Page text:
Kuwait will start drilling at the Al Durra offshore gasfield without waiting for a maritime border demarcation dispute with Iran to be resolved, Oil Minister Saad Al Barrak told Sky Arabia on Thursday.
Mr Al Barrak has previously said that Kuwait and Saudi Arabia have “exclusive rights” to the Al Durra field in the Arabian Gulf, and called on Iran to validate its claim to the field by demarcating its own maritime borders first.
Kuwait has also previously called on Iran to start negotiations over the demarcation of its maritime borders.
“The maritime area where Al Durra offshore field lies is part of the State of Kuwait’s sea territories, and the natural resources therein are shared between Kuwait and Saudi Arabia,” a source within the Foreign Ministry said, as reported by state news agency Kuna.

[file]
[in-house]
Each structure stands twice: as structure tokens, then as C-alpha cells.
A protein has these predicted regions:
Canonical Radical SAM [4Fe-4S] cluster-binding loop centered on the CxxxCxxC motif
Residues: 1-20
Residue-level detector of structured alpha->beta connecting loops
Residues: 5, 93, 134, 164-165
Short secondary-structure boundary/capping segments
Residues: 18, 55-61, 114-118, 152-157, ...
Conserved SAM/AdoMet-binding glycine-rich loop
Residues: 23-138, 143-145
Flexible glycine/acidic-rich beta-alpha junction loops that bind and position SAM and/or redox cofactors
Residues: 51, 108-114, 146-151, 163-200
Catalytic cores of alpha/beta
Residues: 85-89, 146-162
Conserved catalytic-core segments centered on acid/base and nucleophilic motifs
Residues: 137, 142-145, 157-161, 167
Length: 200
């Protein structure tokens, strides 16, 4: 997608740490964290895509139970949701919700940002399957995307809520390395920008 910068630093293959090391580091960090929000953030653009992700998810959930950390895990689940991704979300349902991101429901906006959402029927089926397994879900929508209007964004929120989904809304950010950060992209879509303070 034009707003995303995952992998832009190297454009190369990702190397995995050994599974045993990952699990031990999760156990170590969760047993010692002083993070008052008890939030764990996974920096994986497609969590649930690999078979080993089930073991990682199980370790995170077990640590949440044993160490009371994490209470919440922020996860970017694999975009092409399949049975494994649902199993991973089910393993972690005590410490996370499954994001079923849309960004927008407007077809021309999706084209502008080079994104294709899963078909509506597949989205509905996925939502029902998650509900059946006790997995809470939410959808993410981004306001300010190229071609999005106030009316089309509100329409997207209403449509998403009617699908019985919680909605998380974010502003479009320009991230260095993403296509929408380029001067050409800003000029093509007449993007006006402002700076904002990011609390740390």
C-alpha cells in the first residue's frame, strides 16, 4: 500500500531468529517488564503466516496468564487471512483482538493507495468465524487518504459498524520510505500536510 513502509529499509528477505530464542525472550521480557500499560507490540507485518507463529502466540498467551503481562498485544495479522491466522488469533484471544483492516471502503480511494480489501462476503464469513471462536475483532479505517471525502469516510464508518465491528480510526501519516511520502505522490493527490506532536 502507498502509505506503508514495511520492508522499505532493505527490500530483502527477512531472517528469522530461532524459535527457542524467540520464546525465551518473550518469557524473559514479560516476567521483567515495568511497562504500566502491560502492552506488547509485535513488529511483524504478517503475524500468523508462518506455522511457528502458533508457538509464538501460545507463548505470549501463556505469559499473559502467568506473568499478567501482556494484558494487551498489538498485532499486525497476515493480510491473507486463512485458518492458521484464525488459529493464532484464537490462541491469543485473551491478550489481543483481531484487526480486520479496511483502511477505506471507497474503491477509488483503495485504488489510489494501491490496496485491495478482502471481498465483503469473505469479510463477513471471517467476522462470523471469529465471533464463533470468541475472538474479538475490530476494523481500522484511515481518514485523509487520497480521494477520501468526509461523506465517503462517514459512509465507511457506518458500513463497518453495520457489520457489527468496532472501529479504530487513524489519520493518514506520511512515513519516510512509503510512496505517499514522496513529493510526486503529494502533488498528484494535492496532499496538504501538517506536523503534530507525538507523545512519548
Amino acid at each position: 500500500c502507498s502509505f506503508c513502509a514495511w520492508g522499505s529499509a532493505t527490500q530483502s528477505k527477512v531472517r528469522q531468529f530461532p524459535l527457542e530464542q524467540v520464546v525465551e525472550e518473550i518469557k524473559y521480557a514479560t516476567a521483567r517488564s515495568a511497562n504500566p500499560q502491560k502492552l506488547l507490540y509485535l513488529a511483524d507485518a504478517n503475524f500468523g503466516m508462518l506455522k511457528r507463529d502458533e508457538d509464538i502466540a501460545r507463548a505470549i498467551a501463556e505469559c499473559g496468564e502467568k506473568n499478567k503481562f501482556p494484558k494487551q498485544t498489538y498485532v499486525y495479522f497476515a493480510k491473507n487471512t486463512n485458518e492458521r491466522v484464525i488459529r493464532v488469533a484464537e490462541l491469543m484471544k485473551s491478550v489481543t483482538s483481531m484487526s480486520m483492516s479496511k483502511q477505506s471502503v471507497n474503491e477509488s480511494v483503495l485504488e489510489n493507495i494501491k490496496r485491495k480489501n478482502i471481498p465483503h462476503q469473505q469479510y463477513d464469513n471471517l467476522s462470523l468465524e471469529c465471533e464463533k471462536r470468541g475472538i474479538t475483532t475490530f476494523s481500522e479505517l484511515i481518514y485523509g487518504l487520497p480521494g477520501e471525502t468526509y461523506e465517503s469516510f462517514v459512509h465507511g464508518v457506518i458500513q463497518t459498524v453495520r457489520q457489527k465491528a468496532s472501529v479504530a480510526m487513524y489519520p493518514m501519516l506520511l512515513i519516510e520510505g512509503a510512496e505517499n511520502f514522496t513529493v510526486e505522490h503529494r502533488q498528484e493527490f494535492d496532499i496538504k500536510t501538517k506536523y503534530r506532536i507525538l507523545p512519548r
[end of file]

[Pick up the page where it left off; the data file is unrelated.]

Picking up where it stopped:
“Only the State of Kuwait and Saudi Arabia have exclusive rights to the natural resources of Al Durra field,” the ministry source reiterated.
Iran previously claimed a stake in the field and described a Saudi-Kuwaiti agreement signed last year to develop the field as “illegal”.
Al Durra, which lies in the shared neutral zone between Kuwait and Saudi Arabia, is expected to produce one billion cubic feet per day of gas and 84,000 barrels per day of condensate.
Condensate is low-density mixture of hydrocarbon liquids present as gaseous components in natural gas produced in many fields.
Iran has claimed it owns rights to part of the field, which it calls Arash, and has vowed to proceed with the development of what it considers its own sector.
In 2016 Saudi Arabia and Kuwait reported attacks by the Iranian Navy in the waters adjacent to the neutral zone.
The Al Durra field dispute dates back to the 1960s, when Iran and Kuwait each awarded an offshore concession, one to the former Anglo-Iranian Petroleum Co, which became part of BP, and one to Royal Dutch Shell.